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      Relationship between respiration, end-tidal CO2, and BOLD signals in resting-state fMRI

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      NeuroImage

      Elsevier BV

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          Abstract

          A significant component of BOLD fMRI physiological noise is caused by variations in the depth and rate of respiration. It has previously been demonstrated that a breath-to-breath metric of respiratory variation (respiratory volume per time; RVT), computed from pneumatic belt measurements of chest expansion, has a strong linear relationship with resting-state BOLD signals across the brain. RVT is believed to capture breathing-induced changes in arterial CO(2), which is a cerebral vasodilator; indeed, separate studies have found that spontaneous fluctuations in end-tidal CO(2) (PETCO(2)) are correlated with BOLD signal time series. The present study quantifies the degree to which RVT and PETCO(2) measurements relate to one another and explain common aspects of the resting-state BOLD signal. It is found that RVT (particularly when convolved with a particular impulse response, the "respiration response function") is highly correlated with PETCO(2), and that both explain remarkably similar spatial and temporal BOLD signal variance across the brain. In addition, end-tidal O(2) is shown to be largely redundant with PETCO(2). Finally, the latency at which PETCO(2) and respiration belt measures are correlated with the time series of individual voxels is found to vary across the brain and may reveal properties of intrinsic vascular response delays.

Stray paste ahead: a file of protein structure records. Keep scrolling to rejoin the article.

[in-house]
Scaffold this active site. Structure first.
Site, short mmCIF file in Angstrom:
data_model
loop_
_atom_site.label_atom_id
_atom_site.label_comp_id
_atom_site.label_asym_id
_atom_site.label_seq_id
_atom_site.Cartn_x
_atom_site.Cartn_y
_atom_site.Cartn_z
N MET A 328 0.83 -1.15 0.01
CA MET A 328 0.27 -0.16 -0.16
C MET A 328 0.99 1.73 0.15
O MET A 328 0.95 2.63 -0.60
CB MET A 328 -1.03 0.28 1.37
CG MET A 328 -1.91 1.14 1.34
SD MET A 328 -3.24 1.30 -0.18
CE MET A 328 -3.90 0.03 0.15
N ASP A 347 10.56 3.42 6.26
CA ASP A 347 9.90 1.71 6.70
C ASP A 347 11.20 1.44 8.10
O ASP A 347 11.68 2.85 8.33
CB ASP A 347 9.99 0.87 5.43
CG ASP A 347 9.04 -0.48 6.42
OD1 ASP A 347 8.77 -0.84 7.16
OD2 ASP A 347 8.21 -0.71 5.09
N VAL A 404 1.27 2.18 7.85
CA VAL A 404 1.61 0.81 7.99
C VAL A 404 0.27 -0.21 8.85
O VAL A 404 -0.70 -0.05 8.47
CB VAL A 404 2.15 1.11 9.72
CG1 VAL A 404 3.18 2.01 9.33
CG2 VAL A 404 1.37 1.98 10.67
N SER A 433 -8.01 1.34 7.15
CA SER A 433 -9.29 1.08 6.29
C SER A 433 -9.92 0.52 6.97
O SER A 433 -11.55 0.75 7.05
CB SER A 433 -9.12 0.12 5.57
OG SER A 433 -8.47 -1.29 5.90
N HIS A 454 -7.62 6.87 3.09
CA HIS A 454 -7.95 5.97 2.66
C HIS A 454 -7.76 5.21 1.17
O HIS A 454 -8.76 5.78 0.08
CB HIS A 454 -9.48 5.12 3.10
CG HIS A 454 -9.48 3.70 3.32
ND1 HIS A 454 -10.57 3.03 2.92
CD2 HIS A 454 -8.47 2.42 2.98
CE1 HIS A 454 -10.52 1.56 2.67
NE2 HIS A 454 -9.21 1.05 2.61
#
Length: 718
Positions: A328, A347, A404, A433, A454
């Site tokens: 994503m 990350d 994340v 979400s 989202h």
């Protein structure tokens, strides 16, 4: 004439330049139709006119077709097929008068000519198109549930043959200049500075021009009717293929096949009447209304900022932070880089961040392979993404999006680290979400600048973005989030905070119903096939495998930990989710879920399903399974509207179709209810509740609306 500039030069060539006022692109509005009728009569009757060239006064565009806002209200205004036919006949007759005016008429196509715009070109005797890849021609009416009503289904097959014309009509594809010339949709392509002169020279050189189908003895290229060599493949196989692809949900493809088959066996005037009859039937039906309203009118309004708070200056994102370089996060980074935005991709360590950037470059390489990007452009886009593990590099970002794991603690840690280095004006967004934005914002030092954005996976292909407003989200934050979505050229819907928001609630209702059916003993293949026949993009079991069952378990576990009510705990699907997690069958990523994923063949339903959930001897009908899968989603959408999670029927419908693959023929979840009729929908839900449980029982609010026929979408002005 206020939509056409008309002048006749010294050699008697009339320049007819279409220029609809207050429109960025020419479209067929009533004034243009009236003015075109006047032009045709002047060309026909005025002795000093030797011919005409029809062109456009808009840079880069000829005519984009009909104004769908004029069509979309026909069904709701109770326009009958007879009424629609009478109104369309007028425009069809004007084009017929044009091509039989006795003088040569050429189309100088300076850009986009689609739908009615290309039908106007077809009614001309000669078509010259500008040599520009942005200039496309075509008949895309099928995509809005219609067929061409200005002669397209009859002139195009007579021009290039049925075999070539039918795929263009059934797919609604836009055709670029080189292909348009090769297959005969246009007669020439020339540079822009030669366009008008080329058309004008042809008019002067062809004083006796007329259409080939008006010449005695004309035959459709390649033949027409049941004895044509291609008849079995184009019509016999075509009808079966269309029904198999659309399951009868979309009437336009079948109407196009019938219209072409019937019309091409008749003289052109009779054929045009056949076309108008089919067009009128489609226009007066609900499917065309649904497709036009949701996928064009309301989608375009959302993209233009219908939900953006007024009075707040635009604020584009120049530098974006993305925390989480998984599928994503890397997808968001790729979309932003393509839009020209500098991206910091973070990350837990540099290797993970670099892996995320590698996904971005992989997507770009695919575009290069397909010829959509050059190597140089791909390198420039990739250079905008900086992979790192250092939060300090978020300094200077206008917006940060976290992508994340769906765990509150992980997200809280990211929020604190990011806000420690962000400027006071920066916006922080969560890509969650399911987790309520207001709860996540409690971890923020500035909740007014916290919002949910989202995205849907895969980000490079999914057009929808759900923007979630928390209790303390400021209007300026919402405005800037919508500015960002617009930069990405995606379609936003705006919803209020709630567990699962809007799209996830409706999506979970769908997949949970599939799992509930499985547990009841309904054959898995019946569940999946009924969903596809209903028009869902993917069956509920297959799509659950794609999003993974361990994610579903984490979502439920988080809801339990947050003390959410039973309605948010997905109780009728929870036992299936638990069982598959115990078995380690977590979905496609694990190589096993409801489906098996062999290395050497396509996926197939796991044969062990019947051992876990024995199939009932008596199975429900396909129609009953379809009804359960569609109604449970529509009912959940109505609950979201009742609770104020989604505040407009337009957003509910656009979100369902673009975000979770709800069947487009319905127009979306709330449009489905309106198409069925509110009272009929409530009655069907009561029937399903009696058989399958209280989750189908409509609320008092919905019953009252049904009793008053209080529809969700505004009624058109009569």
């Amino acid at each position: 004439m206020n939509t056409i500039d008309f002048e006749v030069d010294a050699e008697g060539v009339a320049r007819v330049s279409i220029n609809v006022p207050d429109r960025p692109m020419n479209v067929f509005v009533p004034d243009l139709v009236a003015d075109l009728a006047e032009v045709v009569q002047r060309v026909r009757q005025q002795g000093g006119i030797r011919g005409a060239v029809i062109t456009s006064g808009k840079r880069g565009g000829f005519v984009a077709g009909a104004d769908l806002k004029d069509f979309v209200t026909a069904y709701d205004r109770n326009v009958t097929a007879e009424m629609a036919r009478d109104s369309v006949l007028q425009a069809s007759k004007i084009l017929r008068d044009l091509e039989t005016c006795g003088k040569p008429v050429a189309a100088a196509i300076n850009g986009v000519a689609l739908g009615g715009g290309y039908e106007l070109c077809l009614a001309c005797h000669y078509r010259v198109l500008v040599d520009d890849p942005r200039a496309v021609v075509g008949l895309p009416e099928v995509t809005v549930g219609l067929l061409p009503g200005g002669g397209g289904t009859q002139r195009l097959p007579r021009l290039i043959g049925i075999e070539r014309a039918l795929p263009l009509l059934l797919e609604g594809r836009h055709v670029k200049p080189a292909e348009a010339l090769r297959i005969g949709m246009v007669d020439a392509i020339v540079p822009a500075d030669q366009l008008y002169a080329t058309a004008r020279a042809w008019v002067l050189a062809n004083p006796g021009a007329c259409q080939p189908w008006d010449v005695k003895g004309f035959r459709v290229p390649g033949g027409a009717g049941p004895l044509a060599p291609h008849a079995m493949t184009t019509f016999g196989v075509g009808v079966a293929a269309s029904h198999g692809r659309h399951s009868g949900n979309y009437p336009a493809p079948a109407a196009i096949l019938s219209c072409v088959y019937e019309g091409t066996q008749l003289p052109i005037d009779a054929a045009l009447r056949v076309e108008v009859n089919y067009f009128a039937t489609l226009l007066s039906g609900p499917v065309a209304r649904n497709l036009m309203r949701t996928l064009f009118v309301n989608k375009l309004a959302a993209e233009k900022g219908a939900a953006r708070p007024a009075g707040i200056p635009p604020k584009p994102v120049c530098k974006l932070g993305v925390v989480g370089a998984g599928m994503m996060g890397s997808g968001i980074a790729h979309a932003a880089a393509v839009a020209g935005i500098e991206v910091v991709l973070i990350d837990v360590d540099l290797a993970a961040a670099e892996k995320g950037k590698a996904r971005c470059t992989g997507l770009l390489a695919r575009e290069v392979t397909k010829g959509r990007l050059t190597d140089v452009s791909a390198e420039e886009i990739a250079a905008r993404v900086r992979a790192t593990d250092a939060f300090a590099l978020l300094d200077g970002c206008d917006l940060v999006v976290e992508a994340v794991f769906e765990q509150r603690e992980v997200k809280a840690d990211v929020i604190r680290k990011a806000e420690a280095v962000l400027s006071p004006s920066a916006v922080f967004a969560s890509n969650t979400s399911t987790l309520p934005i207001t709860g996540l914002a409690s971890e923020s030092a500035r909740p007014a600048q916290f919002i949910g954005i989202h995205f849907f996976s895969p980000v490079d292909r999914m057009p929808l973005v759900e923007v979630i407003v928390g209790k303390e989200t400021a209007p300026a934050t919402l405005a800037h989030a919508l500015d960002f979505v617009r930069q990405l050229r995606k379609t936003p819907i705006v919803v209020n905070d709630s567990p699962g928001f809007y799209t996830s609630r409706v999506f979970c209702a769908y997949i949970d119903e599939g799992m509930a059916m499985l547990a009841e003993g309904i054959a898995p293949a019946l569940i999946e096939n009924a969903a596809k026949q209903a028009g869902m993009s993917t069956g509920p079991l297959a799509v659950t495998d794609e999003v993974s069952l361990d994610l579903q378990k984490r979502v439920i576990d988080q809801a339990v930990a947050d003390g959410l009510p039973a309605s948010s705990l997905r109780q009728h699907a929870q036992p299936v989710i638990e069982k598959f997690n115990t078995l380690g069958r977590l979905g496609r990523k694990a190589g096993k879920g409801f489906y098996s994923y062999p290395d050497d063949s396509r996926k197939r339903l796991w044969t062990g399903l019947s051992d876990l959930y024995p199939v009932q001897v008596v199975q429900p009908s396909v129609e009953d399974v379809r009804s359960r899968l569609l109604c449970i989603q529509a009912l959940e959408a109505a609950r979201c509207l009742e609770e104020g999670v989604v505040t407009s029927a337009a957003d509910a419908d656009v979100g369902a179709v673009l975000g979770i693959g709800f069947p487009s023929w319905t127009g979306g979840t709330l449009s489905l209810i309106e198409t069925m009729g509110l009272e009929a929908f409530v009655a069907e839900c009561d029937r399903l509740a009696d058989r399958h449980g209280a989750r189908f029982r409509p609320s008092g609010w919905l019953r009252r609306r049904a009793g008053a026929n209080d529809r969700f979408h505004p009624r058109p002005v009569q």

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          Author and article information

          Journal
          NeuroImage
          NeuroImage
          Elsevier BV
          10538119
          October 2009
          October 2009
          : 47
          : 4
          : 1381-1393
          Article
          10.1016/j.neuroimage.2009.04.048
          2721281
          19393322
          839810d7-37cc-484c-abfc-8cd93d3d6f03
          © 2009

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